- Step 2 - You have to show the trade dress is inherently distinctive or distinctive because of a secondary meaning
- Step 3 - You have to show there is a likelihood that customers will confuse other products or services with yours if those other products or services use your trade dress
Functionality plays a key role in most trade dress cases, and a lot of time is often spent determining whether a trade dress is legally functional. If it is, the trade dress cannot be protected. This even applies in situations where the trade dress is closely associated with a single product or service, or where its use by a competitor will cause customer confusion, i.e. where they confuse a competitor's product or service with those of the owner of the trade dress.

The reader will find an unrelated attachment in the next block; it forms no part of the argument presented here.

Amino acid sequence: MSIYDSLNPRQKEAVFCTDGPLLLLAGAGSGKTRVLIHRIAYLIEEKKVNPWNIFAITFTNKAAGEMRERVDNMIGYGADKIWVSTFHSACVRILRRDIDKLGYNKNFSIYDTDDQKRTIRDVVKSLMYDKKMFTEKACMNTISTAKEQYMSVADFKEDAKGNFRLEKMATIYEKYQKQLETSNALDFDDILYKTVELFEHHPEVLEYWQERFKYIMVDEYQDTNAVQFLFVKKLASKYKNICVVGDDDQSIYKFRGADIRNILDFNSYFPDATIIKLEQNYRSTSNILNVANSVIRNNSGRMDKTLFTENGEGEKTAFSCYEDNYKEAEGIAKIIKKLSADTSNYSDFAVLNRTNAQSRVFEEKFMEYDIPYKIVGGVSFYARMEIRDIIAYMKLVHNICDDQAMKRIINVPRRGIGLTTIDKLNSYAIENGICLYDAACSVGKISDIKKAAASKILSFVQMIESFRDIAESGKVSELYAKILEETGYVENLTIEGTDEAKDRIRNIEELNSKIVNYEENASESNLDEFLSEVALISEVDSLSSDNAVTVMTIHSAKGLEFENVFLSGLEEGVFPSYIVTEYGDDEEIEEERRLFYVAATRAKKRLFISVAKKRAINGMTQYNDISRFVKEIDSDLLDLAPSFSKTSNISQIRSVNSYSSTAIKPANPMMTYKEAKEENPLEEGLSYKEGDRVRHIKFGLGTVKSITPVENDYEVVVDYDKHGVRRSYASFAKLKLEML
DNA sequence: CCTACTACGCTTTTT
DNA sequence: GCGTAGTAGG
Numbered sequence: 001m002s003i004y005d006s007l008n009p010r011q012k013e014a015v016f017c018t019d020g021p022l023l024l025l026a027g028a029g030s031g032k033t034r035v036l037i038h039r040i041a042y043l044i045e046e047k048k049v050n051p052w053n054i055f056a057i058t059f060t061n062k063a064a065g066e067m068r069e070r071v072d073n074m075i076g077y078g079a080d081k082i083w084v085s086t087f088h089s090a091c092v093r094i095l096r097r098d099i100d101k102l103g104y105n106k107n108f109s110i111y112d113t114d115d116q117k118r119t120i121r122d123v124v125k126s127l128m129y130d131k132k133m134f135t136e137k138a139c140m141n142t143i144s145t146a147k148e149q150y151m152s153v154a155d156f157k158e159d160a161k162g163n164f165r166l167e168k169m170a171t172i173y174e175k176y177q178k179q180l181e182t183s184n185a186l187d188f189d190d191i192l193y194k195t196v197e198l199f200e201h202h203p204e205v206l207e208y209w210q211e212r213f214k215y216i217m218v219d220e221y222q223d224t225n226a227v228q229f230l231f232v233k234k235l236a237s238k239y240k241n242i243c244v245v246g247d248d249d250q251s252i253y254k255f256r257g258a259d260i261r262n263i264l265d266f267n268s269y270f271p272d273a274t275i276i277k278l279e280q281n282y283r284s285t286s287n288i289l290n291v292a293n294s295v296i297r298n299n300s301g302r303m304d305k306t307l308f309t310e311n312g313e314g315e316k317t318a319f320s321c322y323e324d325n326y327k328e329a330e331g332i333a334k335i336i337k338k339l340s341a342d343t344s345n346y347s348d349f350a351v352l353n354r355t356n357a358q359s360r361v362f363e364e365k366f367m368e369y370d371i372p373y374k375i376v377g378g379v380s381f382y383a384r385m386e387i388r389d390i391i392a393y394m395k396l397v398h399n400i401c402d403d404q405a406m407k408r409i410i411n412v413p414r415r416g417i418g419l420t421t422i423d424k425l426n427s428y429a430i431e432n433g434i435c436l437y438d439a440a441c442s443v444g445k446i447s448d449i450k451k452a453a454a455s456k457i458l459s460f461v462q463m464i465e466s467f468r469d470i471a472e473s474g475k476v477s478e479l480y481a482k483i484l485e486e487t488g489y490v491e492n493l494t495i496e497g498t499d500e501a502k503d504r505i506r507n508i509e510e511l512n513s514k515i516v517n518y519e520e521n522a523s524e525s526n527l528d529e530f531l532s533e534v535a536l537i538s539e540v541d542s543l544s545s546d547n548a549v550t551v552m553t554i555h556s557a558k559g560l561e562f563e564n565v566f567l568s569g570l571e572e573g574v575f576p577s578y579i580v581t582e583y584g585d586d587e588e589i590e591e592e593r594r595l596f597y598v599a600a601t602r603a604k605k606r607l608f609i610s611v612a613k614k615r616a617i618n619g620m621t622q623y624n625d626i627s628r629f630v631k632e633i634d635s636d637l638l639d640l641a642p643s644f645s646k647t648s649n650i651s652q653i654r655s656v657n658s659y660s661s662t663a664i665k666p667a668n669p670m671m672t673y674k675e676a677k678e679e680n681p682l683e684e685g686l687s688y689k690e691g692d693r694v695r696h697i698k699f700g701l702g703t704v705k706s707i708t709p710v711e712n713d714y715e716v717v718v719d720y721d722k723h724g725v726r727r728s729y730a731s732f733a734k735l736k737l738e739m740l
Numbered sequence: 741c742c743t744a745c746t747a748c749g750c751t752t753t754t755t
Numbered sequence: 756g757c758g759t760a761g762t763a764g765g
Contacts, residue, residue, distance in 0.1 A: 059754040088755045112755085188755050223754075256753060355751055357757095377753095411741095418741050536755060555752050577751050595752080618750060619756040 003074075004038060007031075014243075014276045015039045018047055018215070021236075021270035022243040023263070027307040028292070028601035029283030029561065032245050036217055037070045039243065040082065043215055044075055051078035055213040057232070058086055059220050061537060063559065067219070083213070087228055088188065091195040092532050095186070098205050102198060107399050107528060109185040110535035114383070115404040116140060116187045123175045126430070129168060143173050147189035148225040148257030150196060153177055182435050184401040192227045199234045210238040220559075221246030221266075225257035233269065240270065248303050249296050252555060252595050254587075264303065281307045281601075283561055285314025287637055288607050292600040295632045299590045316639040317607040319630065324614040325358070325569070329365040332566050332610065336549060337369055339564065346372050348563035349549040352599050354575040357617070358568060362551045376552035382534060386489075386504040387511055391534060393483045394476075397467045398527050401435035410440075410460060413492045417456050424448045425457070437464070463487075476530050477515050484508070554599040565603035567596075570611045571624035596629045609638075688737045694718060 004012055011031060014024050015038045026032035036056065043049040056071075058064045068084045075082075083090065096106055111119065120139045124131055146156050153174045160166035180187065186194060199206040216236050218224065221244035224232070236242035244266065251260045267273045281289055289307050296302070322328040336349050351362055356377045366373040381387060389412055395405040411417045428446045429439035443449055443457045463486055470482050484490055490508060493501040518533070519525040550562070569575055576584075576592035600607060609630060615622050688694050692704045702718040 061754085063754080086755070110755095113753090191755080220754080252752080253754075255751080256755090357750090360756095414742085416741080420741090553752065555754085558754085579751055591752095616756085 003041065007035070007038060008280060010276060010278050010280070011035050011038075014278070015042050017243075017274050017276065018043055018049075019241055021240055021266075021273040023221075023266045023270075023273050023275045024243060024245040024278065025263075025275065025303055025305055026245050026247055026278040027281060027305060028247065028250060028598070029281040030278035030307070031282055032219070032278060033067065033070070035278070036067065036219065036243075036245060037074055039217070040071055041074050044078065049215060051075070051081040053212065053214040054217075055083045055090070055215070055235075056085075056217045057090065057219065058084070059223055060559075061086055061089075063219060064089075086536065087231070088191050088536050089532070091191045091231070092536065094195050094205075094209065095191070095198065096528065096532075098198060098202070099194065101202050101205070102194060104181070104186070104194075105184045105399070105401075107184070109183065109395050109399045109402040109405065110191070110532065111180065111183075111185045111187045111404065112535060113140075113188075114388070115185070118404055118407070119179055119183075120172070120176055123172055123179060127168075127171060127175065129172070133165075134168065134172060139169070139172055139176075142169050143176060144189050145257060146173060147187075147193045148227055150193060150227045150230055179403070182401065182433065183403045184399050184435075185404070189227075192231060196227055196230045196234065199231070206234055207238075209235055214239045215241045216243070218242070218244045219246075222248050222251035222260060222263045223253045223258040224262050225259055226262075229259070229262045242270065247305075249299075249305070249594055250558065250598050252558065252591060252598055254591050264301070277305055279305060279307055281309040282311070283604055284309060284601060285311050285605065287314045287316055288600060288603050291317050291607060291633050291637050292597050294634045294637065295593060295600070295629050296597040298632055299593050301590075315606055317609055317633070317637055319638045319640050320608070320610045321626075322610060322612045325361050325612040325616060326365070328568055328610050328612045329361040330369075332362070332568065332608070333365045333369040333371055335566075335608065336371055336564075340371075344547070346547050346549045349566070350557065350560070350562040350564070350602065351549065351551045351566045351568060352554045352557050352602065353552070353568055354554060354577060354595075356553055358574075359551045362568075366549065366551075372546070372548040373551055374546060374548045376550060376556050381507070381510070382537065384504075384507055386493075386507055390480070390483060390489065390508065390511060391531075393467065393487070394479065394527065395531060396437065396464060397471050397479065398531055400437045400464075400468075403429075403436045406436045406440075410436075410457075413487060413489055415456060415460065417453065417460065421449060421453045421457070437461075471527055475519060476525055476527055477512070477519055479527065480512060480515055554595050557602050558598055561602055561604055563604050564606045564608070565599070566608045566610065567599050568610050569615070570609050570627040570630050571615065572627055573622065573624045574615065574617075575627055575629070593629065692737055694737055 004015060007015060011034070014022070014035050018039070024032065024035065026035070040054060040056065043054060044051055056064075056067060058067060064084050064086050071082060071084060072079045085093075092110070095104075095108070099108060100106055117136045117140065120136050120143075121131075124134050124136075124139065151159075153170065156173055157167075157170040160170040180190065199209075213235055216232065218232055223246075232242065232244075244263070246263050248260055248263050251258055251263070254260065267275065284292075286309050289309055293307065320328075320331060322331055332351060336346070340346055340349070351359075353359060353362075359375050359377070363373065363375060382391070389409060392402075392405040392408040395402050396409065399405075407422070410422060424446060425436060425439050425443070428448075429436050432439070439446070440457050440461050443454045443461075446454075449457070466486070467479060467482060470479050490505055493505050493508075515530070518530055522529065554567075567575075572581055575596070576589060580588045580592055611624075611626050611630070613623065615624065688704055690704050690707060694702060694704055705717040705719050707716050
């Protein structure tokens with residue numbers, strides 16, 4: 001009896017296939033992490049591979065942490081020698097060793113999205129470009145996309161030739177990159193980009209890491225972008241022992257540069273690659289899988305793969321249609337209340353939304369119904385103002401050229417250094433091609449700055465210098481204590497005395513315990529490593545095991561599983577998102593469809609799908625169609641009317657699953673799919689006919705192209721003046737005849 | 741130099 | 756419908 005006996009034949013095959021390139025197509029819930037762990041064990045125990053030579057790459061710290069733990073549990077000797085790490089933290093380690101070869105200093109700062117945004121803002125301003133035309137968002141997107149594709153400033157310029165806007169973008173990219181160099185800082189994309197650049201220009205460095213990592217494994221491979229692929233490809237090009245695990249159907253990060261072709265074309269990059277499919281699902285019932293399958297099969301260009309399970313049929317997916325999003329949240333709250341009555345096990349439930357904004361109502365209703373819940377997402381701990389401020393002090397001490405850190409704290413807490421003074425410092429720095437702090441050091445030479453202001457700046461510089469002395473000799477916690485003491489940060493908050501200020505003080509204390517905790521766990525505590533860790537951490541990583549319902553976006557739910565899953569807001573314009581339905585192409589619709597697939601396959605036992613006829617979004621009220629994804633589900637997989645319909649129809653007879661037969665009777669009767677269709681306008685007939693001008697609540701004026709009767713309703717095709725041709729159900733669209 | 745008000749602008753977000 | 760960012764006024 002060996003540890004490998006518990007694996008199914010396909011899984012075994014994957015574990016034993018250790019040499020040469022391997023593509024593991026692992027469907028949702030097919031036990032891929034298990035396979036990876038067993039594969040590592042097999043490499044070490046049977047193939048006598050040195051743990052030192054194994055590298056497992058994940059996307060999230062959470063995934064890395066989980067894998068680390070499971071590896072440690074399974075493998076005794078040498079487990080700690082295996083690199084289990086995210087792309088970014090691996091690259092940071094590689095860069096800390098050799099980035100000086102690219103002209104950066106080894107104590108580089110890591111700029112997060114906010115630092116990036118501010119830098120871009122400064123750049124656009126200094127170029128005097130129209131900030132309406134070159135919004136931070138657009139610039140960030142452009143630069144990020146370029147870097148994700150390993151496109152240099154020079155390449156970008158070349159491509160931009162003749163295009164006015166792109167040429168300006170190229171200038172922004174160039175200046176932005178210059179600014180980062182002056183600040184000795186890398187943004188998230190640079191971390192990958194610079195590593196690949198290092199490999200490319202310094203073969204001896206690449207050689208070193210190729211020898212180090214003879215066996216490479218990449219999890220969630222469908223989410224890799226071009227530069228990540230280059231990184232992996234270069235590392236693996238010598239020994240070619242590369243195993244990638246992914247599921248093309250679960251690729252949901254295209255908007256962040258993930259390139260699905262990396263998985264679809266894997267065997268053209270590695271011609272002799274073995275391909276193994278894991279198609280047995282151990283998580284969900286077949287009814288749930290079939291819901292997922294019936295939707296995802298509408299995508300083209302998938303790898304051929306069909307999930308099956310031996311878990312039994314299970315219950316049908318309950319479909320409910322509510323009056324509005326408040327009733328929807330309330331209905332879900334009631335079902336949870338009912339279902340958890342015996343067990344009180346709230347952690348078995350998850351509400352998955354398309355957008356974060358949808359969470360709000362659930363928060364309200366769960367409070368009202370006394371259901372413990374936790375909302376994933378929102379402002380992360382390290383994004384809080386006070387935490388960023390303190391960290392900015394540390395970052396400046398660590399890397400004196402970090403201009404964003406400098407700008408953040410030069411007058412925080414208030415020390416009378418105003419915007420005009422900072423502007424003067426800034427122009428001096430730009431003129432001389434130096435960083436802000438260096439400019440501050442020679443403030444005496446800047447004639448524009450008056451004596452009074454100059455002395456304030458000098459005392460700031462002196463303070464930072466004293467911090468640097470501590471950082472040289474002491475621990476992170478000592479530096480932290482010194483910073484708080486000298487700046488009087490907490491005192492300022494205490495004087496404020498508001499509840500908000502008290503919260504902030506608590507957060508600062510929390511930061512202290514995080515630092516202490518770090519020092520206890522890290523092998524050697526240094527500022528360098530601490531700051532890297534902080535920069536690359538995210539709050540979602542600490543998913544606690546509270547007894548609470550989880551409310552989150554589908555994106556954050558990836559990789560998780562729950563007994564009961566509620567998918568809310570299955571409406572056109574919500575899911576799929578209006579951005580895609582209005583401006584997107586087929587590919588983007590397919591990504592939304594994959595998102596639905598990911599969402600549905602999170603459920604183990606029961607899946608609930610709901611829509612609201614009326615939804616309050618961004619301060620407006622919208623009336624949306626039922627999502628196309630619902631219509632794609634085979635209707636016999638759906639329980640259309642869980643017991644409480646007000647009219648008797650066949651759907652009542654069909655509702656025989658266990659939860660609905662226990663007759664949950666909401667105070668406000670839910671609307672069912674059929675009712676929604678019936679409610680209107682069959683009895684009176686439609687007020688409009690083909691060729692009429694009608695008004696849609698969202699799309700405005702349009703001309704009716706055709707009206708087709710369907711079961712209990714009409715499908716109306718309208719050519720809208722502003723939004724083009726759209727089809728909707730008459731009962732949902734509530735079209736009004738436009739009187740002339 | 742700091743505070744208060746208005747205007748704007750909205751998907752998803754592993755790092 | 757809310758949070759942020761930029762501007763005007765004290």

The question of functionality seeks to determine whether a trade dress is primarily used to make the product or service unique and easy to identify, or whether it is connected with customer demands or expectations of the product. A design feature that only makes the product easy to identify and unique cannot be connected to consumer demands for the product. This design feature can take many forms including a slogan, a logo or symbol, a combination of a logo and slogan, a distinctive and/or unique shape, or a feature that is purely ornamental. In other words, anything that reminds consumers of, or connects consumers to, the brand.
Functionality can take two forms: